All the sentences in this paragraph provide facts and figures, things which are commonly accepted and not open to debate—all the sentences, that is, except for the first. In the first sentence, the author presents an opinion by stating that walnut trees are not good for landscaping. That is clearly a matter of opinion, while the other sentences present details that are not matters of opinion—such as the fact that walnut trees secrete a chemical into the soil.
Words That Signal Supporting Details
Another good way to spot supporting data is to look for certain words and phrases that are frequently used to introduce evidence. Here are some of these words:
- for example
- for instance
- in particular
- in addition
A quick way to find the topic sentence in a paragraph is to begin by eliminating sentences that begin with these words. Sentences beginning with these signal words will usually be supporting data, and not the main idea. Don't eliminate them without reading the whole sentence, though. Just use the signal words as clues to which sentences are probably playing supporting roles.
Finding the Main Idea in Fiction
The main idea in literature is sometimes also called the theme. Don't be misled by such terminology, however; finding the theme in literature is the same as finding the main idea in nonfiction.
Remember also that the theme (or main idea) is different from the subject. The subject is the thing or idea that is being discussed, but the theme actually says something about the subject.
John Donne's poem "Death Be Not Proud" provides a good example. In this poem, the writer is discussing the topic of death, but his theme says something very specific about death as well: that people who worship God don't need to fear death. (As you read this poem, don't be confused by the strange spellings. Try reading it out loud and just pronounce words the way they're written.)
- Sonnet 72
- Death be not proud, though some have called thee
- Mighty and dreadful, for, thou art not so,
- For those whom thou think'st, thou dost overthrow,
- Die not, poor death, nor yet canst thou kill me.
- From rest and sleep, which but thy pictures bee,
- Much pleasure, then from thee, much more must flow,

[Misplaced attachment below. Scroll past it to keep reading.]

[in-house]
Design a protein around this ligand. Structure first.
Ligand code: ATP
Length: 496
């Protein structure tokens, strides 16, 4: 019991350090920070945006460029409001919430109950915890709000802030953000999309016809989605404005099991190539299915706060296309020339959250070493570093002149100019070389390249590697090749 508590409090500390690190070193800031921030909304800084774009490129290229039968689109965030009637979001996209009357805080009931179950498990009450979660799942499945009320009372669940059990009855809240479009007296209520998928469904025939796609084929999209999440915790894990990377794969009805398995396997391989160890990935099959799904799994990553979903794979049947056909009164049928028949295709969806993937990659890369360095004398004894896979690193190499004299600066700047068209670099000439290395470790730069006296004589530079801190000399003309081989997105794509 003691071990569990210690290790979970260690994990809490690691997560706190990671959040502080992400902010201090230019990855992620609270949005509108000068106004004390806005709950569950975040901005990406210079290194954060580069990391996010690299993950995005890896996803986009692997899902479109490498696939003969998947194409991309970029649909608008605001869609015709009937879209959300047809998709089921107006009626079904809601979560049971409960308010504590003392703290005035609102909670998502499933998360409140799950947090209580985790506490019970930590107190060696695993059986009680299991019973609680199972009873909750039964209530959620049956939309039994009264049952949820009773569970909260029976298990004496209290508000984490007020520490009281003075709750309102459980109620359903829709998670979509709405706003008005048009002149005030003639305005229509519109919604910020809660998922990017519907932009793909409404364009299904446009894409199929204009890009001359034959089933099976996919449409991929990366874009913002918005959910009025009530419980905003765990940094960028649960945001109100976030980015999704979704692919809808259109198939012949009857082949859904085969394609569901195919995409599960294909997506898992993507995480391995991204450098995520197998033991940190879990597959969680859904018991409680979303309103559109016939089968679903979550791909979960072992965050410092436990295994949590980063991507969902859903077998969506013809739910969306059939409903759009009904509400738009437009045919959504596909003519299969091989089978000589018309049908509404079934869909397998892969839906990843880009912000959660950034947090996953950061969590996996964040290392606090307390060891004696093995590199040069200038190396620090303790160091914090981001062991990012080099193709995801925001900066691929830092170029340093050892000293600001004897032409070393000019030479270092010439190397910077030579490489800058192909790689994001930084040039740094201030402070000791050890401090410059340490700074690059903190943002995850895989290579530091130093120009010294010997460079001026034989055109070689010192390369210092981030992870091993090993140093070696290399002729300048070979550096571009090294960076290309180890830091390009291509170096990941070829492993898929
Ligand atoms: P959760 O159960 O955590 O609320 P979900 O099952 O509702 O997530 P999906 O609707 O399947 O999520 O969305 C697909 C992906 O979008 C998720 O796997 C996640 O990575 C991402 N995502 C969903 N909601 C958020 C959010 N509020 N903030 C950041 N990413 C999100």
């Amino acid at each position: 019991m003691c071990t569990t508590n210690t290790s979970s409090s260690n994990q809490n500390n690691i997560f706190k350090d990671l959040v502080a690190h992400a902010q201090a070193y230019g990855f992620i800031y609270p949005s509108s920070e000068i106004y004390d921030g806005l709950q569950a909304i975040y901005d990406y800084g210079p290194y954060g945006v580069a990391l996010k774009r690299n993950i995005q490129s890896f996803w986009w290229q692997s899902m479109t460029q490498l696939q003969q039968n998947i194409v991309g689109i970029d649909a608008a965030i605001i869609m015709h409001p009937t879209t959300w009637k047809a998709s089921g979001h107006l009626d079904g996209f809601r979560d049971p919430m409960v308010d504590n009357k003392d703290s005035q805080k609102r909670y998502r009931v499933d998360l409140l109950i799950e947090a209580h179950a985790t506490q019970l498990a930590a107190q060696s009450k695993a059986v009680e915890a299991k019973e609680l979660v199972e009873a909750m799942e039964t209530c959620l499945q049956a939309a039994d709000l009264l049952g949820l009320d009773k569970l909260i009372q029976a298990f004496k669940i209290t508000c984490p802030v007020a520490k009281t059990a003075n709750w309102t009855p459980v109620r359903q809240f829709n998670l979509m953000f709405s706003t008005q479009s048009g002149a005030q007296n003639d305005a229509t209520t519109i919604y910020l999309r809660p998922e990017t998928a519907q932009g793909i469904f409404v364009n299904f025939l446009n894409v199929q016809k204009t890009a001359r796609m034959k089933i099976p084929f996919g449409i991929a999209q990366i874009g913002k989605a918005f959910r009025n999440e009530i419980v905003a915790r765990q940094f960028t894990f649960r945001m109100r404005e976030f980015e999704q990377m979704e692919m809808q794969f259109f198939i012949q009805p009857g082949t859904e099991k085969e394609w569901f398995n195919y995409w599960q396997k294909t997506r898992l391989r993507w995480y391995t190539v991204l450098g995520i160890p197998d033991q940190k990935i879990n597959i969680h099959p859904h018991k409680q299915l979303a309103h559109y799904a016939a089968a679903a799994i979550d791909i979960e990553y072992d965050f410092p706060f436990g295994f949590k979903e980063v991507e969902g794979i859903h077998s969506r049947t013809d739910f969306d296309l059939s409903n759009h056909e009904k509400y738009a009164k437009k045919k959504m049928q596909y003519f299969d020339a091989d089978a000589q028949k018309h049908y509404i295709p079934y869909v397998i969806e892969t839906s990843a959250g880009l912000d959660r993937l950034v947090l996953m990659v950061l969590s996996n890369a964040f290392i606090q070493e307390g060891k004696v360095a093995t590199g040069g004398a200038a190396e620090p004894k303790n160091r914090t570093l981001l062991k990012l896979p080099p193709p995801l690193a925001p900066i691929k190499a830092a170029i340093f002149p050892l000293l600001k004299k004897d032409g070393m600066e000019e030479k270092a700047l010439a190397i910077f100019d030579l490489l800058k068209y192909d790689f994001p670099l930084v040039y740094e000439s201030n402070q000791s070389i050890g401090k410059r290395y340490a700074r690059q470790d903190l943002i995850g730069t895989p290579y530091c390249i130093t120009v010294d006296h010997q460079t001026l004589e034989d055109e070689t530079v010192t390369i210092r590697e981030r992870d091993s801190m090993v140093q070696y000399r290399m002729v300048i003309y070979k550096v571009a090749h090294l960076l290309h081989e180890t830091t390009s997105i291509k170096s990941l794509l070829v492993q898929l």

- And soonest our best men with thee do go,
- Rest of their bones, and soul's delivery.
- Thou art slave to fate, chance, kings, and desperate men,
- And dost with poison, war, and sickness dwell,
- And poppy, or charms can make us sleep as well,
- And better then thy stroke; why swell'st thou then?
- One short sleep past, we wake eternally,
- And death shall be no more; Death, thou shalt die.
The main idea of a text is the thought that holds everything together. Likewise, the theme of a work of literature is the thought that holds together the characters and action. It's the idea that guides every choice that the writer makes throughout the text.
For example, look at the poem "A Poison Tree," from William Blake's Songs of Innocence and Experience. The poem has four stanzas (groups of lines in a poem, just as a paragraph is a group of lines in an essay or story).
- A Poison Tree
- I was angry with my friend:
- I told my wrath, my wrath did end.
- I was angry with my foe;
- I told it not, my wrath did grow.
- And I water'd it in fears,
- Night & morning with my tears;
- And I sunned it with smiles,
- And with soft deceitful wiles
- And it grew both by day and night,
- Till it bore an apple bright.
- And my foe beheld it shine,
- And he knew that it was mine.
- And into my garden stole
- When the night had veil'd the pole;
- In the morning glad I see
- My foe outstretchd beneath the tree.
To understand Blake's theme, you need to look carefully at what happened and then look at why it happened. In the first stanza, Blake sets up two situations. First, the speaker (the voice or narrator of the poem) is angry with his friend (line 1) and he tells his friend about it (line 2). As a result, the anger goes away (line 2—my wrath did end). But he acts differently with his enemy. He doesn't tell his foe about his anger (line 4), and as a result, the anger grows (line 4).
In the second stanza, the speaker water'd his wrath in fears and sunned his wrath with smiles and wiles. Blake isn't being literal here; rather, he's drawing a comparison between the speaker's anger and something that grows with water and sun, like some kind of plant. How do you know exactly what it is? Blake tells you in two key places: in the title and in the last line. The poem is called "A Poison Tree," and tree is mentioned again in the last line of the poem.
This kind of comparison is called a metaphor, and it is an important clue to the meaning of the poem. Blake could have compared the speaker's anger to anything, but he chose to compare it to a tree. Trees have deep, strong roots and often flower or bear fruit. (This tree bears an apple.) They need some nurturing (sun and water) to grow.
In the third stanza, the foe sees the speaker's apple. In the fourth, he sneaks into the speaker's garden at night. Finally, at the end of the poem, the foe is killed by the poisonous apple (the apple poisoned by the speaker's wrath).
That is what happens in the poem, but what does it all add up to? What does it mean? In other words, what is the theme?
Look again at the action. Cause and effect are central to the theme of this poem. What does the speaker do? He tells his friend about his anger and chooses not to tell his enemy. What happens to his anger, then? It grows and grows and it offers fruit that tempts his enemy. And what happens to his enemy? He steals the apple, but it is the fruit of anger. It is poisonous and it kills him. Thus, the idea that best summarizes the idea of the poem is this: If you don't talk about your anger, it can be deadly. This is the message or lesson of the poem.